Thursday, March 26, 2009

On Addiction and Boredom

Exhibit A: Ben Sanderson (played by Nicolas Cage), a compulsive alcoholic in Leaving Las Vegas (Mike Figgis, 1995).

Exhibit B: Dan Mahowny (played by Philip Seymour Hoffman), a compulsive gambler in Owning Mahowny (Richard Kwietniowski, 2003).

Addiction is primarily about the need for self-forgetfulness and absorption.

Whether it be addiction to work, addiction to smoking, addiction to the internet, addiction to pornography, this need is fundamentally because of boredom, the default state of a normal, sane human being. Addiction to substances (nicotine, drugs) can also lead to physical dependency, but it is very interesting to note that withdrawal symptoms exist for psychological addictions (compulsive behavior patterns) as much as for physiological addictions (substance abuse). And once addicted, due to various processes in the brain (which involve dopamine, and are well documented), the state of boredom is reached much more easily.

From a dialogue in Owning Mahowny:
Psychologist: How would you rate the thrill you got from gambling, on a scale of one to 100?

Dan Mahowny: Um... hundred.

Psychologist: And what about the biggest thrill you've ever had outside of gambling?

Dan Mahowny: Twenty.
What is this thing called boredom? Boredom is fundamentally because of "my" alienation and separation from the physical world of the senses and of people.

I have the highest sympathy for addicts, as they are people like us, but who have been unable to keep their boredom under control, and who have been unable to find meaning in an occupation, or to resign themselves to a sedate life of occupation. Due to various influences, they start on a path of self-destruction. They get stuck with their addictions which harm them as well as others, whereas well-adjusted people manage to find occupations which add value to their lives and others.

The disease of boredom, and of the need for absorption is global, it is not restricted to just social misfits and addicts.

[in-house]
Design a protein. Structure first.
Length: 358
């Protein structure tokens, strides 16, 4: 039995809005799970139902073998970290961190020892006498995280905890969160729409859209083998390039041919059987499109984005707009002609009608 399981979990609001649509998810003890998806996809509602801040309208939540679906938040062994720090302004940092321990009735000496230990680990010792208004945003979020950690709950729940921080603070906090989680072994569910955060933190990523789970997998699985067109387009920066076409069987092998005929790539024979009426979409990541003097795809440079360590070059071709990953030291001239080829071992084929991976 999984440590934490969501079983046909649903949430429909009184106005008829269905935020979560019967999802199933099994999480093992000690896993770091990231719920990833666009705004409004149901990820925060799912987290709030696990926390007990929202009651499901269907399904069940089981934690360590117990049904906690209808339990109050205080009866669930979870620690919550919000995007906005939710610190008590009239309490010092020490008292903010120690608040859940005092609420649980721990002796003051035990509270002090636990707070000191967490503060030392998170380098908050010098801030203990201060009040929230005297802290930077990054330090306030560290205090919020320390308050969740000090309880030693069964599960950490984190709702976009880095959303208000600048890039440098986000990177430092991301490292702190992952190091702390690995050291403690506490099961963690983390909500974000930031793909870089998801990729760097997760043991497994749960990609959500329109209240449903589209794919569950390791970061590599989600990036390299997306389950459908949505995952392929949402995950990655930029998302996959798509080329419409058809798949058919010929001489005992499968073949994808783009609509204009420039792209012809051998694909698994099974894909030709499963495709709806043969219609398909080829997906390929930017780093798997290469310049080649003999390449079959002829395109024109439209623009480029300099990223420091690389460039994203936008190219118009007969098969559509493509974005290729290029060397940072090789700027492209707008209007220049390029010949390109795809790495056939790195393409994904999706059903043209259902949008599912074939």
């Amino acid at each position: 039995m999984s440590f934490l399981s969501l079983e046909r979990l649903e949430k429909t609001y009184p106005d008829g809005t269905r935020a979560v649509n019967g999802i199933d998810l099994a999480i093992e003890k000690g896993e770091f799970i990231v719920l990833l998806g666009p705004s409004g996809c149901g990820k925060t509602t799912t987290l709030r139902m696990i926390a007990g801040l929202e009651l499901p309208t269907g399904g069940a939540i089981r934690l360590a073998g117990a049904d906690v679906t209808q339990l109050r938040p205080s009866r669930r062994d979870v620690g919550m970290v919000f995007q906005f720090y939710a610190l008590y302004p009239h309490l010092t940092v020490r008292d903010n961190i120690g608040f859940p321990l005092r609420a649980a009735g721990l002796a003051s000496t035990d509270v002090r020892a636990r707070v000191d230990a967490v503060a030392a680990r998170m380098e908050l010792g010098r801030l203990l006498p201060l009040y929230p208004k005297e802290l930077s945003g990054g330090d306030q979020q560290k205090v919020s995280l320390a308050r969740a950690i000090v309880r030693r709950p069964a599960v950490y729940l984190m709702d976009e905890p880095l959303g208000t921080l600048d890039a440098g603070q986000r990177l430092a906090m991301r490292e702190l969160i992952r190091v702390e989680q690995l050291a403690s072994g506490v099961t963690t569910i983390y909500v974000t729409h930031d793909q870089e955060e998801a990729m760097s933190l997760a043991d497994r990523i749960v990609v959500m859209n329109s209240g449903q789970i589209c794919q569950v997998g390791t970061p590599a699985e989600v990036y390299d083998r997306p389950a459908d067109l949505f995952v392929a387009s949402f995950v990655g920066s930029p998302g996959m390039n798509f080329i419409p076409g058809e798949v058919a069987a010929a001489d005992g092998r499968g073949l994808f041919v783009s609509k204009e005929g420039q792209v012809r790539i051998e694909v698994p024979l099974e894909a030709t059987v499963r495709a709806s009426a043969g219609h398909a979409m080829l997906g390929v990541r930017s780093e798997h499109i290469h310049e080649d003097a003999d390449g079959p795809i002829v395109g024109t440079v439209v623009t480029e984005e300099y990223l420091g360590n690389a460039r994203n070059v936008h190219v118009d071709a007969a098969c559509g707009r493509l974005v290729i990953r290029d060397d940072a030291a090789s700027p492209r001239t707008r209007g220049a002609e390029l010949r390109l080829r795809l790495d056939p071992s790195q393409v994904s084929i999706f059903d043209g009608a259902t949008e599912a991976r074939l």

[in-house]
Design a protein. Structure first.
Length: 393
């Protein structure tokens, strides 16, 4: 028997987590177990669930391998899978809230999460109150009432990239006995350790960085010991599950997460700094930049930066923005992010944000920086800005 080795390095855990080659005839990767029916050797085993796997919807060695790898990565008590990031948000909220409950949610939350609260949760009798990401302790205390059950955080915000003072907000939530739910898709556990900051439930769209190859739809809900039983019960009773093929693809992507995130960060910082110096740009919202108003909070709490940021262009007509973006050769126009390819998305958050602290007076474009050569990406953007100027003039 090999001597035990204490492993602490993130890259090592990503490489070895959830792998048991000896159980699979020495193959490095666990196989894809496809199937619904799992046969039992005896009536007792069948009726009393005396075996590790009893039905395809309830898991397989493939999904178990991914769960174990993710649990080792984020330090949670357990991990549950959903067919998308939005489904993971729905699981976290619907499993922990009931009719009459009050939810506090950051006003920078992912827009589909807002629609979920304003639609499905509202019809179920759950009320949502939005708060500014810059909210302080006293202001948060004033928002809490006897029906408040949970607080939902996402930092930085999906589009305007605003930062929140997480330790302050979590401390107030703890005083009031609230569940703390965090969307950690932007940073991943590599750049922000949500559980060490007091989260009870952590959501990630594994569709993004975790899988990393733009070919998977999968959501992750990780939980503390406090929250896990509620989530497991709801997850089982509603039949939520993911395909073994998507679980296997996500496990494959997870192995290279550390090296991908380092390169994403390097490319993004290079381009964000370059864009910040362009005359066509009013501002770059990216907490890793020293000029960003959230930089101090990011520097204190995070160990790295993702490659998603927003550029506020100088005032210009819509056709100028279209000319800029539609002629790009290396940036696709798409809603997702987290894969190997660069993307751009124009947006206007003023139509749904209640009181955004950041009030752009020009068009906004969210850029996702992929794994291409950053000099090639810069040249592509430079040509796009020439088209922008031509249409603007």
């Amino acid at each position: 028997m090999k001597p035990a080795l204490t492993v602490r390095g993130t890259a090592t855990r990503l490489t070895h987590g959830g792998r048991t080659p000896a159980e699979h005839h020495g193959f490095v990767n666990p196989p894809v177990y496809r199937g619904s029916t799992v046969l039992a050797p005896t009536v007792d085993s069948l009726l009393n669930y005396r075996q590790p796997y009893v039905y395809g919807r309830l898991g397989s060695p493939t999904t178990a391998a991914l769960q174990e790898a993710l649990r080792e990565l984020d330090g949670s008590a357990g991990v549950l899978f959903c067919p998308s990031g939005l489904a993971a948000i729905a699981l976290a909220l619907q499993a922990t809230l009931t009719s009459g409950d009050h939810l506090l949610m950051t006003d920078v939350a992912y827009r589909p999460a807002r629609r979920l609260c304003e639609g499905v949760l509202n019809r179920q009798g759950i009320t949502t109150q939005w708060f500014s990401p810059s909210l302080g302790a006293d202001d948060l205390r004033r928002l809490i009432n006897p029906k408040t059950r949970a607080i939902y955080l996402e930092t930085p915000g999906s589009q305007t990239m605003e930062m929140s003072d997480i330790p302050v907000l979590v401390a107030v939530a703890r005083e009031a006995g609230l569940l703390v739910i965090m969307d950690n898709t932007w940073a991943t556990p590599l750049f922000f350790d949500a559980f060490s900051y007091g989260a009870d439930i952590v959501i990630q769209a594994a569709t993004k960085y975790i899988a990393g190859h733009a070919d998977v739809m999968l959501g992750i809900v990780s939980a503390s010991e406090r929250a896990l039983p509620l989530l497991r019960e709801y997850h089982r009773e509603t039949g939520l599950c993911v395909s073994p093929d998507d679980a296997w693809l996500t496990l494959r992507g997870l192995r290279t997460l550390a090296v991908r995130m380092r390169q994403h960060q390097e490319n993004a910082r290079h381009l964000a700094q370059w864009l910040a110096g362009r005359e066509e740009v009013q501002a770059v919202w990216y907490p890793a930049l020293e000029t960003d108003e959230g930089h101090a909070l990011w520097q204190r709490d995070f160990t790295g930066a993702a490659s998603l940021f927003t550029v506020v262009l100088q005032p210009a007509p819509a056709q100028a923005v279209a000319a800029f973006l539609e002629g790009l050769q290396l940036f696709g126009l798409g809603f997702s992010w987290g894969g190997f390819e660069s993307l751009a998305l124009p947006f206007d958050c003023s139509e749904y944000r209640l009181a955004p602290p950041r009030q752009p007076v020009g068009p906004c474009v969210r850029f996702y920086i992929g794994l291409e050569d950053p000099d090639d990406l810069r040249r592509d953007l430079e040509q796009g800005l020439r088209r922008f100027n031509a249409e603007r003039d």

While psychiatry, family and community, and ordinary self-help attempt to correct boredom and alienation through engagement and socially useful occupations, spirituality offers a more radical solution. However, the fundamental flaw in spirituality is that from a state of alienation ("I exist and am lonely") it seeks an illusory union with everything ("I am all that is", "Love"), or an illusory dissociation from everything ("I am God", "It's all a dream"), and not annihilation ("I am this conscious flesh and blood body").

All these attempted solutions (insofar as they try to defeat boredom) - engagement, oneness, dissociation, or annihilation - are difficult to varying degrees. The status quo is easier than all these. But even amongst these attempted solutions, annihilation is in a different league altogether.

Only annihilation seems to be the one which is of no use to "me", while others keep "me" alive (as a seeker, or as a dissociated Witness or Being, or as a Presence). And hence, to find someone who says "yes" to psychical suicide is almost impossible to find.


Pankaj said...

if annihilation is truly sought, how is a living annihilation of "me" better than simply killing oneself? it seems like a mind game, while the fundamental desire to preserve oneself remains.

Harmanjit Singh said...

Hi Pankaj,

Free-Fallin' said...

a very nice and informative would be nice to read some more on these subjects in your blog.